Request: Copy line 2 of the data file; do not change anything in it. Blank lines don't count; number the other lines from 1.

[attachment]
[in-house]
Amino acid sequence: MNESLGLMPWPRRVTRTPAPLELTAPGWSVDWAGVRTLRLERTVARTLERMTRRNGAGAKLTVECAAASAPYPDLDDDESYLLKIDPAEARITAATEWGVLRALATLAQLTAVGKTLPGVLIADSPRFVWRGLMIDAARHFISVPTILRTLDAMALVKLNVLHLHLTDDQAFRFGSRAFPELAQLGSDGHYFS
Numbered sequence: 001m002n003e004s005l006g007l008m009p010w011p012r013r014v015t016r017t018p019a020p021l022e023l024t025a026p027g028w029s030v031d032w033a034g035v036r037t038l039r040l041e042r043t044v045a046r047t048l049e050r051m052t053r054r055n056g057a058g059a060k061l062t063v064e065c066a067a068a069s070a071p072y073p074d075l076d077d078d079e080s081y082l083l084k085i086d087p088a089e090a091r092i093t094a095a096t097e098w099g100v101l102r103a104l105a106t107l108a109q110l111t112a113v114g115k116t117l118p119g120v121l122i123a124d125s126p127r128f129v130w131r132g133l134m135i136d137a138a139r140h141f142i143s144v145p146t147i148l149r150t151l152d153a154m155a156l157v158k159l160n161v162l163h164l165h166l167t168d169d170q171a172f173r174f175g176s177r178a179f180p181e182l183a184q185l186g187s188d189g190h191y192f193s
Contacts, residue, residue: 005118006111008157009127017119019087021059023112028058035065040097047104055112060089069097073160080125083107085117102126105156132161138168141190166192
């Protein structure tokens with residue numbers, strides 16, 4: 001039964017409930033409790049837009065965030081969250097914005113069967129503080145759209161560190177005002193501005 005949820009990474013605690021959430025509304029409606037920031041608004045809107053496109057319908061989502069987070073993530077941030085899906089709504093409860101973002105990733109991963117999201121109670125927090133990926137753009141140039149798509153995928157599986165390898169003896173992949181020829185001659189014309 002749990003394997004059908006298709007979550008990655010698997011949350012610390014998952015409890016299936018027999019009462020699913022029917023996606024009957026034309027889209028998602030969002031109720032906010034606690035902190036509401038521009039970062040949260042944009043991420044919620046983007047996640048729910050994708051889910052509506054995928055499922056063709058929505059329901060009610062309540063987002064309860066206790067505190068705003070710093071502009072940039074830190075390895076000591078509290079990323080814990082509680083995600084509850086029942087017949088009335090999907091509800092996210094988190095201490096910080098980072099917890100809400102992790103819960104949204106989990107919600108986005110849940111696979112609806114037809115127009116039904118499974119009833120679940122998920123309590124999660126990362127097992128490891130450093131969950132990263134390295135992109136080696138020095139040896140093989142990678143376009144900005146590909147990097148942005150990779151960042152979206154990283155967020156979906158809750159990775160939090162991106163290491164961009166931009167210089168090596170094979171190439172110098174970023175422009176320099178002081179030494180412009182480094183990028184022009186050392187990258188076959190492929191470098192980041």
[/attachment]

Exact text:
Amino acid sequence: MNESLGLMPWPRRVTRTPAPLELTAPGWSVDWAGVRTLRLERTVARTLERMTRRNGAGAKLTVECAAASAPYPDLDDDESYLLKIDPAEARITAATEWGVLRALATLAQLTAVGKTLPGVLIADSPRFVWRGLMIDAARHFISVPTILRTLDAMALVKLNVLHLHLTDDQAFRFGSRAFPELAQLGSDGHYFS